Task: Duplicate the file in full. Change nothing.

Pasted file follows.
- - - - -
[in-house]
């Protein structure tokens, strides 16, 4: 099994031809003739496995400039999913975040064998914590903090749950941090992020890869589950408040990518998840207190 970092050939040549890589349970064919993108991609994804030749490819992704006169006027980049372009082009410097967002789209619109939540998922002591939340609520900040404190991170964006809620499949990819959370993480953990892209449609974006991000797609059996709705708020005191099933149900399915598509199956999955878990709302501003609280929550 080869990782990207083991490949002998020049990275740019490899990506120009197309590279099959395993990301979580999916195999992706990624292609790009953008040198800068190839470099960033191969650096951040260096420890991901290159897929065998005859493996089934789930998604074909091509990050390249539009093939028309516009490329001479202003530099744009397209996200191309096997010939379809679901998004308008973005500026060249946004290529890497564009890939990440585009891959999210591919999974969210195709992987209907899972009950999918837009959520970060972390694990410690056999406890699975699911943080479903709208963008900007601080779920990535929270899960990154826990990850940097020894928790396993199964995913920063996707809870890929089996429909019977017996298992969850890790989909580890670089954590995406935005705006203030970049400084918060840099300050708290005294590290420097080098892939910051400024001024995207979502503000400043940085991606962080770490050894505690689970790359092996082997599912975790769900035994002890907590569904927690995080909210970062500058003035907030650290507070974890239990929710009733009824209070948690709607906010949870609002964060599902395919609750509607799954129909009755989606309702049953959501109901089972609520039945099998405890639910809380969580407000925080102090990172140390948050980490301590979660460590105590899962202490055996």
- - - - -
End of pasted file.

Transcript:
[in-house]
């Protein structure tokens, strides 16, 4: 099994031809003739496995400039999913975040064998914590903090749950941090992020890869589950408040990518998840207190 970092050939040549890589349970064919993108991609994804030749490819992704006169006027980049372009082009410097967002789209619109939540998922002591939340609520900040404190991170964006809620499949990819959370993480953990892209449609974006991000797609059996709705708020005191099933149900399915598509199956999955878990709302501003609280929550 080869990782990207083991490949002998020049990275740019490899990506120009197309590279099959395993990301979580999916195999992706990624292609790009953008040198800068190839470099960033191969650096951040260096420890991901290159897929065998005859493996089934789930998604074909091509990050390249539009093939028309516009490329001479202003530099744009397209996200191309096997010939379809679901998004308008973005500026060249946004290529890497564009890939990440585009891959999210591919999974969210195709992987209907899972009950999918837009959520970060972390694990410690056999406890699975699911943080479903709208963008900007601080779920990535929270899960990154826990990850940097020894928790396993199964995913920063996707809870890929089996429909019977017996298992969850890790989909580890670089954590995406935005705006203030970049400084918060840099300050708290005294590290420097080098892939910051400024001024995207979502503000400043940085991606962080770490050894505690689970790359092996082997599912975790769900035994002890907590569904927690995080909210970062500058003035907030650290507070974890239990929710009733009824209070948690709607906010949870609002964060599902395919609750509607799954129909009755989606309702049953959501109901089972609520039945099998405890639910809380969580407000925080102090990172140390948050980490301590979660460590105590899962202490055996």